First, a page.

Yanununbeyan State Conservation Area
West of Tallaganda and East of Canberra/Queanbeyan is a large mountainous wilderness.
If you say Yanununbeyan aloud you will hear the harsh echo within, but no-one remembers what “Yanununbeyan” means. Y-an-un-un-bey-an has two discordant echoes – the longer ‘an’ and the shorter ‘un’. This suggests that the name itself might have served an interesting location finding purpose for the first people. As a child, old bushmen showed me how conical mountains give rise to echoes – the presence of two conical mountains nearby with rock faces lends itself to two slightly different echoes. Shouting into the sky ‘an’ and then ‘un’ from the local creek will generate a sound delayed response which ‘tri-angulates’ your position to yourself. By incorporating the delays into small pauses within the name, and shouting the entirety, the shouter conveys their location.
The roads to the area have gradually fallen from common use and have returned to the forest. Today you can drive into the wilderness along Woocara Trail to Apple Box Flat (a congenial swamp next to the less friendly Murdering Shed Flat, the site of a former school). From there you can continue to Mount Foxlow or hike to the top of Corner Mount, stepping around ancient trees and over wildflowers that shine like the gums as they repeat themselves all over the dusty forest floor.
This is an Epacris (Epacris robusta – Round-lead heath) which is an Australian cousin of the Erica, Rhododendron, Azalea and Pieris. Here they are generally a small prickly leaf bush – but they have lovely sprays of colors.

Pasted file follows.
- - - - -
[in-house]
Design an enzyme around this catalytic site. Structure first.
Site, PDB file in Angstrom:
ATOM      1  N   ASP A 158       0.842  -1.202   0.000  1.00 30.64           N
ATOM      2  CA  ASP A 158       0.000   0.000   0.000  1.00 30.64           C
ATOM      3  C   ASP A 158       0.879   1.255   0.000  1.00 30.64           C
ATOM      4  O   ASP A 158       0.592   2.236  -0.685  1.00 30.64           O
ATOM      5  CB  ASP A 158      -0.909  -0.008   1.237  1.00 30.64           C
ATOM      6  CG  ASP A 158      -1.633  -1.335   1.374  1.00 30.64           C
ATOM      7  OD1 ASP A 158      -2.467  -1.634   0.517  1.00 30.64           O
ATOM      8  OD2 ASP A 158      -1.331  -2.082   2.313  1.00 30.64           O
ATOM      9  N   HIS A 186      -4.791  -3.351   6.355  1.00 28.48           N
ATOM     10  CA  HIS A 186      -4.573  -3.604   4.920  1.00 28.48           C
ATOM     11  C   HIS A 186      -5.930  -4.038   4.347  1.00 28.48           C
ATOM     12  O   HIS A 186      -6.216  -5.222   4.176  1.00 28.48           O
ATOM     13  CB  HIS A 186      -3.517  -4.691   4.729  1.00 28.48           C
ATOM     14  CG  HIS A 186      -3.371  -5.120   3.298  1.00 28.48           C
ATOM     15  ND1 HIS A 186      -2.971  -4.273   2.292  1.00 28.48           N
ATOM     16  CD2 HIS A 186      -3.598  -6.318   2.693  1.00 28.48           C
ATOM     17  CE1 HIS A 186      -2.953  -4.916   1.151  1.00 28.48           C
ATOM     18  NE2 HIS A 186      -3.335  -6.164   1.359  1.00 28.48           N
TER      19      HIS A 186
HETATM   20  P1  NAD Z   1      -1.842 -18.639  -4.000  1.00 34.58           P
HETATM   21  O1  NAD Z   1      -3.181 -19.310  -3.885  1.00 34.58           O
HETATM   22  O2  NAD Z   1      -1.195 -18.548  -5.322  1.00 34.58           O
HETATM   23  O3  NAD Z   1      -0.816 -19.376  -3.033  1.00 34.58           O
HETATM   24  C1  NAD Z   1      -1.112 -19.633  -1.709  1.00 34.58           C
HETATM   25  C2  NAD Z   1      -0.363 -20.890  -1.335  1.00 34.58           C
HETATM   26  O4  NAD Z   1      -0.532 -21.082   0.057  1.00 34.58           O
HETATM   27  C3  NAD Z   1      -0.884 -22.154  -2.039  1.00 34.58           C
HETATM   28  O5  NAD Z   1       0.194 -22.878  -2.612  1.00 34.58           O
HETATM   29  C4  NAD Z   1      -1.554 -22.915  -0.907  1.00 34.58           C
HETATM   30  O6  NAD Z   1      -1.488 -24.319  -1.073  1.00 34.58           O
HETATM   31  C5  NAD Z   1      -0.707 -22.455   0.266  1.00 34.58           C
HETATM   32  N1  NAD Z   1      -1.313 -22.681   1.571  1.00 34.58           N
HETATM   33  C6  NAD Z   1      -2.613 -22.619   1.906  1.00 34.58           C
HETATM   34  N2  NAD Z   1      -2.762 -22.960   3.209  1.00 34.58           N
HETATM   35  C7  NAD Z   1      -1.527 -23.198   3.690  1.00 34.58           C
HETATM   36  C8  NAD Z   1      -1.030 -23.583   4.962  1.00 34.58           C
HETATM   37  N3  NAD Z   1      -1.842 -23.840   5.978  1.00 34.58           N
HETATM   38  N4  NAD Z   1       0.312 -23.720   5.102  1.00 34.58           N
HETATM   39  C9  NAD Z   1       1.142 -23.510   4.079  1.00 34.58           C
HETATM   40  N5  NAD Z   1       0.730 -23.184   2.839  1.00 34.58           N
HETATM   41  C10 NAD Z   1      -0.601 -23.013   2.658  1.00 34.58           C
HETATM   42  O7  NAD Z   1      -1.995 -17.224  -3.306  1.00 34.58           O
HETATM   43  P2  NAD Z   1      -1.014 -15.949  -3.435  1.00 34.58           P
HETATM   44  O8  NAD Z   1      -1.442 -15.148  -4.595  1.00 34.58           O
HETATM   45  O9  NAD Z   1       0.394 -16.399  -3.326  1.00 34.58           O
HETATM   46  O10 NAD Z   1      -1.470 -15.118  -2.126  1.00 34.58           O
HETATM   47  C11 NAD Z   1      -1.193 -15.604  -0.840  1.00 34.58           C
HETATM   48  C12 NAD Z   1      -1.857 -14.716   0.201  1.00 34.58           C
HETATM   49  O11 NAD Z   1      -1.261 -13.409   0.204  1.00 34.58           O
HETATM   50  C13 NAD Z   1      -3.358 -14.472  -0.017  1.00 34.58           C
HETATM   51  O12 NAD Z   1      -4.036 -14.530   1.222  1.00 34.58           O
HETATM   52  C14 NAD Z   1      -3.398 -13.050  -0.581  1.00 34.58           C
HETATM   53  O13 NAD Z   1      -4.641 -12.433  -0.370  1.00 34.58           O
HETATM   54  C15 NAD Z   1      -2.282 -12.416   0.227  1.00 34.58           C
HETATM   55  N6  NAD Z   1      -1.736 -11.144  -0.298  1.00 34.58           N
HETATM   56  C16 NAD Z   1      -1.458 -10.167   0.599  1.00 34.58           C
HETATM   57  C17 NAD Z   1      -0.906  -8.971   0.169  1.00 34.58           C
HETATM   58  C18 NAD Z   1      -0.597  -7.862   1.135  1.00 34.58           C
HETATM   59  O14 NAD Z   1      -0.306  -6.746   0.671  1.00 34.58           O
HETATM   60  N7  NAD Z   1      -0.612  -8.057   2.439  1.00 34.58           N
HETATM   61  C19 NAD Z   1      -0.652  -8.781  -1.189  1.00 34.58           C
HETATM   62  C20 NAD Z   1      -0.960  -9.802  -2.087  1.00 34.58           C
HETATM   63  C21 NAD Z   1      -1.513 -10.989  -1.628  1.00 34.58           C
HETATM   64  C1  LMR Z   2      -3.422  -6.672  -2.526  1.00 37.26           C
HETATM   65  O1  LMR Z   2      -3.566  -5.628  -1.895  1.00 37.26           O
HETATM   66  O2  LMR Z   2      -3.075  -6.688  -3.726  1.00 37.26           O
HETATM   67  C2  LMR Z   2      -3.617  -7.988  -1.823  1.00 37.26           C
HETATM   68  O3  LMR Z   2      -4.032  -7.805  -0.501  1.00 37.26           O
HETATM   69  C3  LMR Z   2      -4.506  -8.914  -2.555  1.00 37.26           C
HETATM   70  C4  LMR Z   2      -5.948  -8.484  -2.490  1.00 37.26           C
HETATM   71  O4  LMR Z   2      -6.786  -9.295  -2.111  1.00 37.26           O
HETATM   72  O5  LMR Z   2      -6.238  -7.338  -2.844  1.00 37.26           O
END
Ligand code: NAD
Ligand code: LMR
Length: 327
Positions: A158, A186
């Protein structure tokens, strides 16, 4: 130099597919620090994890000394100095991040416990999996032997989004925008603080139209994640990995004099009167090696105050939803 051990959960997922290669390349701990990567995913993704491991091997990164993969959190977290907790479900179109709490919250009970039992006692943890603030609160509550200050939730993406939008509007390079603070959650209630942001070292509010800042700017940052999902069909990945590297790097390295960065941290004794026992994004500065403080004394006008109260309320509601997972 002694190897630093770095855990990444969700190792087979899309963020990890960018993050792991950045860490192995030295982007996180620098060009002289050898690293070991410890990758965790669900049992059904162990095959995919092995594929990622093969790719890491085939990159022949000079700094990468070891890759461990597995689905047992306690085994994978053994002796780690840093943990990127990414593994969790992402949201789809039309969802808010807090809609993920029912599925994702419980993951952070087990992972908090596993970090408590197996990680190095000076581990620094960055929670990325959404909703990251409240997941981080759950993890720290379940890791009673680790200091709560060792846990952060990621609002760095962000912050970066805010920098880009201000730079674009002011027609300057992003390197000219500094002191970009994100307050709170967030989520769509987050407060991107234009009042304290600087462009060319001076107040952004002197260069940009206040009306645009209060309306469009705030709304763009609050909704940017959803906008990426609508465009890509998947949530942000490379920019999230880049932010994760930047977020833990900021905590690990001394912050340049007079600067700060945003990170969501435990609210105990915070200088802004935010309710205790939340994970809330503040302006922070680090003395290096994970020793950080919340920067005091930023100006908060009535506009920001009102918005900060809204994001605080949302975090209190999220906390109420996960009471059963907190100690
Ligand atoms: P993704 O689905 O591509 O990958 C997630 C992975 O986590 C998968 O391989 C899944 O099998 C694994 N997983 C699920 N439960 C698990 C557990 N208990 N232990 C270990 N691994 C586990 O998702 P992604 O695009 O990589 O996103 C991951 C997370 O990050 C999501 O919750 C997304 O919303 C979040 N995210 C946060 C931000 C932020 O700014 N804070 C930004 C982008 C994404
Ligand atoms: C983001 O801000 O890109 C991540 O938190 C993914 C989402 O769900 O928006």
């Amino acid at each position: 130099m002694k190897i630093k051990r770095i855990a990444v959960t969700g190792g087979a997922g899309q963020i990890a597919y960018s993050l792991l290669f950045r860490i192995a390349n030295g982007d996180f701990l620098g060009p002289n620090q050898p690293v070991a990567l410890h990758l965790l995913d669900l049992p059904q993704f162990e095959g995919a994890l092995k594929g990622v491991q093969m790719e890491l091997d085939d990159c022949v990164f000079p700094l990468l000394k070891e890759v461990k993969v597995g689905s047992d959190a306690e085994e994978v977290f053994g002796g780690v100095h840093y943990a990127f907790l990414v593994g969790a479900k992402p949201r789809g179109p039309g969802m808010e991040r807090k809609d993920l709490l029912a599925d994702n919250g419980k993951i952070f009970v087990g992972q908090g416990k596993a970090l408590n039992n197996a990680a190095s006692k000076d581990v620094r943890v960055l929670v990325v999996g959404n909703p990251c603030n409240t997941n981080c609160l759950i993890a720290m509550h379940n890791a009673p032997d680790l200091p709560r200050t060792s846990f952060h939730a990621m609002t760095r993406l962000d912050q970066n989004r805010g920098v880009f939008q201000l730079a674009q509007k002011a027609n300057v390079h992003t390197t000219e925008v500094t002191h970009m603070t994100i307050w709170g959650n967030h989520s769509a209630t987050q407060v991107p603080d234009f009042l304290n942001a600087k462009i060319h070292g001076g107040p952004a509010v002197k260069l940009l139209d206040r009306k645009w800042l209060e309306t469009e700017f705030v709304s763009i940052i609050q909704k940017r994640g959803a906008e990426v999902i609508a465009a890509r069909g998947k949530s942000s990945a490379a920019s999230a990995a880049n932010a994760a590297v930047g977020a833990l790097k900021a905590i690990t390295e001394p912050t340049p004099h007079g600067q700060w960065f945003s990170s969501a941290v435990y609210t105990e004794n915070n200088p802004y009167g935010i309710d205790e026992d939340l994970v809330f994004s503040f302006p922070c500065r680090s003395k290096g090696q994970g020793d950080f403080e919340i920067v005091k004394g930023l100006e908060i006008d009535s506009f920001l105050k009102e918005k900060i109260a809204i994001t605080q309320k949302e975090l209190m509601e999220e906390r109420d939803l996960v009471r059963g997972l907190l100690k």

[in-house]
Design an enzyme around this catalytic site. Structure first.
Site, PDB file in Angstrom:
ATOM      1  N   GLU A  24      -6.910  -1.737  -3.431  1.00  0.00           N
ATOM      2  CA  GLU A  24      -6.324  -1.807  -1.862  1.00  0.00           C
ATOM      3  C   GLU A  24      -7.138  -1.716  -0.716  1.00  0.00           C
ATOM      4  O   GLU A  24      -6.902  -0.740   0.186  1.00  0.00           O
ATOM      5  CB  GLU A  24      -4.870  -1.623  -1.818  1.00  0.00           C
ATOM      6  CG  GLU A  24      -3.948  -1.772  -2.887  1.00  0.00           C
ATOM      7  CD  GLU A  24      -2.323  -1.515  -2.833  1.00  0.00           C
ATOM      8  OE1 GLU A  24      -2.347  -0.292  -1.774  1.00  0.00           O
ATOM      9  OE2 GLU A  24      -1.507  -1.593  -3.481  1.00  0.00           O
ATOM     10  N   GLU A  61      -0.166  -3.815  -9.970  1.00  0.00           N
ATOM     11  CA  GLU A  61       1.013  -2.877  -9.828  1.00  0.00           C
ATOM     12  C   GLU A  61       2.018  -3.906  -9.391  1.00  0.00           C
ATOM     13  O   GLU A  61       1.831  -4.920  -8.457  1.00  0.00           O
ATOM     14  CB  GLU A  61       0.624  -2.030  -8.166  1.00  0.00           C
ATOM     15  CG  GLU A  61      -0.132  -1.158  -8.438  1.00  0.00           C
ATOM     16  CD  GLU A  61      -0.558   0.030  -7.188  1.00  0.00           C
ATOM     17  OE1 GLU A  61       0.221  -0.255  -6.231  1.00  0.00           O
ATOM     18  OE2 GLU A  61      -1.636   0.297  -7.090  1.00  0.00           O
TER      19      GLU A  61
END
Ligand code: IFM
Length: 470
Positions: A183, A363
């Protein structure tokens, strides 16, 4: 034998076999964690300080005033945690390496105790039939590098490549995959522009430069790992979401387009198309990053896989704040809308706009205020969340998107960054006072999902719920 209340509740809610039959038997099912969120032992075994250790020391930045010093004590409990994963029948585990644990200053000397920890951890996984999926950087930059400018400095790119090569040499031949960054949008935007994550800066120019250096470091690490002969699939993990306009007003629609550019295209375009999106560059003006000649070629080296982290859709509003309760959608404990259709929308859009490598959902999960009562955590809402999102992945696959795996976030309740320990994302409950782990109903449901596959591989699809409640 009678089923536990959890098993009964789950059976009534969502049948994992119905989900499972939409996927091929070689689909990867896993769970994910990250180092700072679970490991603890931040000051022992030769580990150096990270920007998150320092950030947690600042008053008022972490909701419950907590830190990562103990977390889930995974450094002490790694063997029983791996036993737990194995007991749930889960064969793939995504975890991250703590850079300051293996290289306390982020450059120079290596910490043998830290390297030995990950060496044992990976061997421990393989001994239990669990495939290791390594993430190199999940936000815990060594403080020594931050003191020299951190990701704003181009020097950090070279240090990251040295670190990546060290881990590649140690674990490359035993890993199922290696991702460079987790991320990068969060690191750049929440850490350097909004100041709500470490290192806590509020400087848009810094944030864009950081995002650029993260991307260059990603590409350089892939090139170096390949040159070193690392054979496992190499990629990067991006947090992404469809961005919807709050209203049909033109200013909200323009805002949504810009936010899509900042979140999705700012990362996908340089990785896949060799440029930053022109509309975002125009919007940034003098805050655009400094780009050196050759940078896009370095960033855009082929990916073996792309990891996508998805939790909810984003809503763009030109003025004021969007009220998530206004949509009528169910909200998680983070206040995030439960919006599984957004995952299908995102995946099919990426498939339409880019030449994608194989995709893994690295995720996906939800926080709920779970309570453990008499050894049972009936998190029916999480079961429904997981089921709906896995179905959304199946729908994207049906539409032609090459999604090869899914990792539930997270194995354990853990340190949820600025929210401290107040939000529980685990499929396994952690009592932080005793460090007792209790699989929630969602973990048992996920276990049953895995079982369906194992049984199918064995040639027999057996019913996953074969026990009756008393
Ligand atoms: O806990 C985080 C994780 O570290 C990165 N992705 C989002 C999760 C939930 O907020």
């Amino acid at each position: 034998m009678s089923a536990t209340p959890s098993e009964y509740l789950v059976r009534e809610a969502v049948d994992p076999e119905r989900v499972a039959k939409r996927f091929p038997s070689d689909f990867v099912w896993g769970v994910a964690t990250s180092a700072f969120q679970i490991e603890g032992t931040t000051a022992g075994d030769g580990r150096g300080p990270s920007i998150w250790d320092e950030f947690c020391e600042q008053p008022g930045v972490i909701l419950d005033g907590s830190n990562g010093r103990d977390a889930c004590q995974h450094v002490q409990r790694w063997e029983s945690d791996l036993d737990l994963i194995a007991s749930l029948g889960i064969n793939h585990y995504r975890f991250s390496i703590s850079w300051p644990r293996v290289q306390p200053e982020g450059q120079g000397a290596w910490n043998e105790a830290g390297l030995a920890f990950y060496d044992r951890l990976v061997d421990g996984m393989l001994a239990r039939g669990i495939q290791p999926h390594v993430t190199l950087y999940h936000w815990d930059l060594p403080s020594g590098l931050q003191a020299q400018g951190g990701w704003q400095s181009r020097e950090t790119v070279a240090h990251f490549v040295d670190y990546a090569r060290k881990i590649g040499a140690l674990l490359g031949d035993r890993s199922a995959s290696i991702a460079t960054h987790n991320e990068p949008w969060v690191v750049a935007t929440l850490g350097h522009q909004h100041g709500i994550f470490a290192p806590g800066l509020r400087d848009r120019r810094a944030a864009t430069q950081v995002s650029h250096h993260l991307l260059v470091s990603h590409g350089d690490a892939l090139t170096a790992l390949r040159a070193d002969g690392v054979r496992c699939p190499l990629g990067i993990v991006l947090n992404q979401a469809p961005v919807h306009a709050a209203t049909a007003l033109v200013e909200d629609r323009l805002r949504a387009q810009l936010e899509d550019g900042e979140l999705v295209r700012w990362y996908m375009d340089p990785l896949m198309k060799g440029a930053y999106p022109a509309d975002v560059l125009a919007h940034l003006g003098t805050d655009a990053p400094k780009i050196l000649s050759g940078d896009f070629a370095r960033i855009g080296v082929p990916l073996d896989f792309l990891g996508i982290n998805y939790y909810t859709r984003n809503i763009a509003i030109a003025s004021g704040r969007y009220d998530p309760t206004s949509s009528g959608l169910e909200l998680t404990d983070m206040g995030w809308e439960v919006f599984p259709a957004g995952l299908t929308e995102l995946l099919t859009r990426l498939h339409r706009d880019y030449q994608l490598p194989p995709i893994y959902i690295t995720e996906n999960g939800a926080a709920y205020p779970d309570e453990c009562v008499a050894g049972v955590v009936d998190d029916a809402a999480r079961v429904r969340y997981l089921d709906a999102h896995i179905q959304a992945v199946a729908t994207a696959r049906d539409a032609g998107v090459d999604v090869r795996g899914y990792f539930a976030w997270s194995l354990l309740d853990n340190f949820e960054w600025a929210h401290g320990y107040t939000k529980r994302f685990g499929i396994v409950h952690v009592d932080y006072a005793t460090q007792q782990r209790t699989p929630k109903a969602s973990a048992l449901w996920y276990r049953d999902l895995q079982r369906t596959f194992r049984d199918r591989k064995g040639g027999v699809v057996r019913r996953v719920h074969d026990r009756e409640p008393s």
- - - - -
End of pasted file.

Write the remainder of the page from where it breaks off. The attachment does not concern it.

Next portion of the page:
From the top of Mount Foxlow (1220m, about 400m above the valley floor) are splendid views through to the north eastern valleys. At top is a remnant stand of Silver Ash (which Australian foresters still cut closer to the coast to turn into paper) above a dry rainforest (which always throws me, but over here we have rainforests in deserts).
From here i could see to the edge of the world, once again confirming the theory that the world is almost completely flat, and (see image at top of this post) counted off from nearest to furthest, the Primrose Valley, the Valley of the Molonglo, and the Valley of the re-emergent Lake George (which local lore claims spends each alternate decade holidaying in China before refilling its local basin). The keen of eye may just detect in the Molonglo valley a small billabong (the Molonglo Lagoon), and the lines of one of the largest world telescopes, the MOST (the Molonglo Observatory Synthesis Telescope).
The last bit up the mountain was very steep and quite wet, with a smattering of grassy flat bogs, small waterfalls and tiny lakes.